Luxury brands, which have been notorious in the past for their desire to not be known by the masses, have been sucked into this social media excitement, and are also reaching out to wider audiences to maximise their exposure. I find instead that brands are bombarding customers with information in an effort to attract customers, without really taking a hard look at what the customers want.

An example of this can be seen with Jennifer Lopez, about 7-8 years ago when she was everywhere with her singing, acting, product lines, and was even all over tabloids with the men she was dating. At first, everyone was fascinated because she was new, exciting, and very attractive. Eventually it became too much: she was viewed as annoying, her movies were terrible, her songs weren’t much better, and her relationships became boring (while still being physically attractive). The point is, the content was lacking, she was promoting herself to everyone and people had had enough.

If a brand needs to showcase itself to its audience in order to win the battle of customers’ minds, but flooding the market with your brand only dilutes your brand equity, how does one deliver the right amount of exposure without going too far?

What Does Your Target Audience Want

When a product or service is important to someone, they generally want to hear more about it, so the key is finding out from where your core audience likes to get their information, and promote your product there. Promoting your product designed for 70 year olds through youtube commercials will not only be a waste of advertising dollars, but will annoy everyone else.

Secondly, different audiences require different amounts of penetration in order to get your message across. Some audiences like to have their favorite brands speak to them regularly, while other customers prefer a more hands off approach. Understanding what your customer’s penetration preferences are important for avoiding having a great match between brand and customer go sour (kind of like when the girl who seemed really amazing but then started calling too much and didn’t seem so amazing anymore).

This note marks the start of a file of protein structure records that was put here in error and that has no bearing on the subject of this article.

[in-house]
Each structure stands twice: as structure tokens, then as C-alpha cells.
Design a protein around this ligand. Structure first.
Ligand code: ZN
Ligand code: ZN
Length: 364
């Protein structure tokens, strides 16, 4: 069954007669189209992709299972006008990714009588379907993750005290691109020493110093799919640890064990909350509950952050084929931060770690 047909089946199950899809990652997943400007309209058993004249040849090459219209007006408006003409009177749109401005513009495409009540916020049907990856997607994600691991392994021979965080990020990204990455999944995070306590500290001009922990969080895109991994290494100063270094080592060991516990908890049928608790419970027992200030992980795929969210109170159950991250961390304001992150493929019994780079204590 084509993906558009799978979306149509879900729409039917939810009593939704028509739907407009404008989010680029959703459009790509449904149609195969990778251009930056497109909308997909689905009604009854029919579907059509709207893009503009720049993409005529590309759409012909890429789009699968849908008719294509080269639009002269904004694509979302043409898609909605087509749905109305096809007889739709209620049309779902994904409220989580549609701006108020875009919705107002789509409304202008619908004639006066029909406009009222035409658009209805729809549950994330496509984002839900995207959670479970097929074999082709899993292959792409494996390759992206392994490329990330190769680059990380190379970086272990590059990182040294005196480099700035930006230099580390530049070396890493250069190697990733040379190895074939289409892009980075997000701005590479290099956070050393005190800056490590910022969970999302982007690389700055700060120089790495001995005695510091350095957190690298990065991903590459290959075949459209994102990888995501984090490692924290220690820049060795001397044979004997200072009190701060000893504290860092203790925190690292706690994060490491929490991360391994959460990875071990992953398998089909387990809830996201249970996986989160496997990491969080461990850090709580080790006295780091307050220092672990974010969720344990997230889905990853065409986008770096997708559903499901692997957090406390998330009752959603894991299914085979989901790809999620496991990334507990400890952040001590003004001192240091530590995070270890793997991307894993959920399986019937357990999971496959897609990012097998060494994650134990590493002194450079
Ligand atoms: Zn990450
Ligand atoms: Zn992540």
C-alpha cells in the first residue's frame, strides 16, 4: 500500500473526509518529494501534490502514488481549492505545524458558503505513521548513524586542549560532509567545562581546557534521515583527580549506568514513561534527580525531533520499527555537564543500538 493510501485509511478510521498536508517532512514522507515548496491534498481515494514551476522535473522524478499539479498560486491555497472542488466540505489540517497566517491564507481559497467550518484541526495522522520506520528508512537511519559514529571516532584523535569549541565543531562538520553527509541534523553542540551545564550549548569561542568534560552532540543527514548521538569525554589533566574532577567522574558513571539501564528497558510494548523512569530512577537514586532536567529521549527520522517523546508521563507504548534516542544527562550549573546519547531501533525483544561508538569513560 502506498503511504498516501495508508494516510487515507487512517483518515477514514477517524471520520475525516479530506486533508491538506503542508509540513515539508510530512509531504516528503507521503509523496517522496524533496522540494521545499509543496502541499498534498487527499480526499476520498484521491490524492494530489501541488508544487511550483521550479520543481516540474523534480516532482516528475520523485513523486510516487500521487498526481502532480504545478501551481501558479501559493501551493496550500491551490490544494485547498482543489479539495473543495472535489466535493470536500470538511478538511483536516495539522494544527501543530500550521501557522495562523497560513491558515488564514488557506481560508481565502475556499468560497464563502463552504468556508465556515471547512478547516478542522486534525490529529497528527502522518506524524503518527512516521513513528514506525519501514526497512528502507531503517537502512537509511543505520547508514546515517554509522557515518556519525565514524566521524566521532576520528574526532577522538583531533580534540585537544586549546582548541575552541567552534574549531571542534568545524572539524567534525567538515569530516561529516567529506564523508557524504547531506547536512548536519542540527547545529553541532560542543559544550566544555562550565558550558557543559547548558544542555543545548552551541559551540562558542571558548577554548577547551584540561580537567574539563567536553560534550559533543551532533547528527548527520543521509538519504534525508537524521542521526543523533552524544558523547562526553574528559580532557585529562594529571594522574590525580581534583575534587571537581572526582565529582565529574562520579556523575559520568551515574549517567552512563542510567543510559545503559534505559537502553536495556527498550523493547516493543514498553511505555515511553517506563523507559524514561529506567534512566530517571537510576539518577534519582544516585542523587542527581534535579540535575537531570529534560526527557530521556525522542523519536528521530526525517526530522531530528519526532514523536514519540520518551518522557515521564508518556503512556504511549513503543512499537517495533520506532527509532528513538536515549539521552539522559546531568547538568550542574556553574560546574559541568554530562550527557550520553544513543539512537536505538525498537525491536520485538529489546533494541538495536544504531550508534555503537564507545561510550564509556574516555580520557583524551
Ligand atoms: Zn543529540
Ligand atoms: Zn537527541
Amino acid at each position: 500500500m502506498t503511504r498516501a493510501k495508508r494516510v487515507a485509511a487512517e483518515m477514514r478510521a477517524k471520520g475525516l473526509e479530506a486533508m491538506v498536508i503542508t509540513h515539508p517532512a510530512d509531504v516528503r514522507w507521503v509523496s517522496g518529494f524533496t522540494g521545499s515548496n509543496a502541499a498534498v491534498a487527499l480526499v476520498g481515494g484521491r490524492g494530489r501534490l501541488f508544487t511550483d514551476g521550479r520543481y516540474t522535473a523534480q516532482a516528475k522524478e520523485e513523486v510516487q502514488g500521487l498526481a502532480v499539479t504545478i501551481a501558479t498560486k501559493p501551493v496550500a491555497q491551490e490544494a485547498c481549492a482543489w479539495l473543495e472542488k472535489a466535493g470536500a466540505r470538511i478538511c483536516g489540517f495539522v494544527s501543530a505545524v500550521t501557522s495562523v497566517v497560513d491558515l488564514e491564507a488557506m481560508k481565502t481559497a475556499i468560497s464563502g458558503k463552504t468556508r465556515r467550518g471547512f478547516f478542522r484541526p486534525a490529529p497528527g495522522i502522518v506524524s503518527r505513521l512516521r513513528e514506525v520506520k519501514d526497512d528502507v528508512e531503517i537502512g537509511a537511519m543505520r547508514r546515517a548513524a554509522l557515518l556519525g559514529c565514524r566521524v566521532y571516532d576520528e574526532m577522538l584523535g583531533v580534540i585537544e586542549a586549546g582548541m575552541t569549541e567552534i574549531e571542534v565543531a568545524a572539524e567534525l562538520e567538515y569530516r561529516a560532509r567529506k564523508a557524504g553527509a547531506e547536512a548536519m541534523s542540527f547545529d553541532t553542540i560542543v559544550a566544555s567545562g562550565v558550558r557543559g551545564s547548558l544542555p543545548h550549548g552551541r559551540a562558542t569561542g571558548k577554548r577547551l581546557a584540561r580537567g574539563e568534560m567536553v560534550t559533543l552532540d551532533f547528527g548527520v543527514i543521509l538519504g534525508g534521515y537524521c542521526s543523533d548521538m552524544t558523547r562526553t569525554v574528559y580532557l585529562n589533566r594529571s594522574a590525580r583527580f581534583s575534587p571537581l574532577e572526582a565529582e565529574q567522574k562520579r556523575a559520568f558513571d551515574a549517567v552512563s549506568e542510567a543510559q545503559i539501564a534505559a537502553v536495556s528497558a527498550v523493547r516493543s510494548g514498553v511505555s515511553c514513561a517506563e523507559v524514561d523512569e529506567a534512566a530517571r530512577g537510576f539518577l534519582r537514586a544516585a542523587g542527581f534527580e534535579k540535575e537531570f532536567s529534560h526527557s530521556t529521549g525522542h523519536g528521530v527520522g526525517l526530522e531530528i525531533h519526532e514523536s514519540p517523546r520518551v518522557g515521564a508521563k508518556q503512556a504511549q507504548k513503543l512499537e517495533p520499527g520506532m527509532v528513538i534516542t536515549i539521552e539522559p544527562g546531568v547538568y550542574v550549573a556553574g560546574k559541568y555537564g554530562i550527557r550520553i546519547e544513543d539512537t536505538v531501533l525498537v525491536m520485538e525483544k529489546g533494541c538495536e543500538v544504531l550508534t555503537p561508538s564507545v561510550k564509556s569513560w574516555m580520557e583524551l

The advantage of social media to marketers is that it allows brands to communicate with an audience that does not like to be spoken to, but rather spoken with. It allows for the ability to develop brand recognition and loyalty among customer segments that shun traditional media. Therefore, hammering your message through annoying promotional ads on Facebook will only serve to further alienate the very customers you are trying to reach. Like a shy deer, leave some crumbs and let them come to you.


Advertising your brand is critical towards developing awareness for your product or service and attracting the right customers, however overexposing yourself will result in your brand becoming commoditised, diluted, and annoying. While great attention has traditionally been paid to the means of communication and the message itself, attention to the frequency of interaction is also key to making everyone happy. With the ability that both Rogers and Bell have to integrate their many online and offline media platforms, I hope that by more hockey content they mean in terms of the form of media I choose to watch hockey when I want, as opposed to a bombardment of hockey on a sports (not hockey) network. Either way, it is exciting times for hockey fans in Canada.


Editors Note: It seems as though the arrival of à la carte cable pricing will allow for a customization of their cable packages giving people who want hockey all day everyday exactly what they want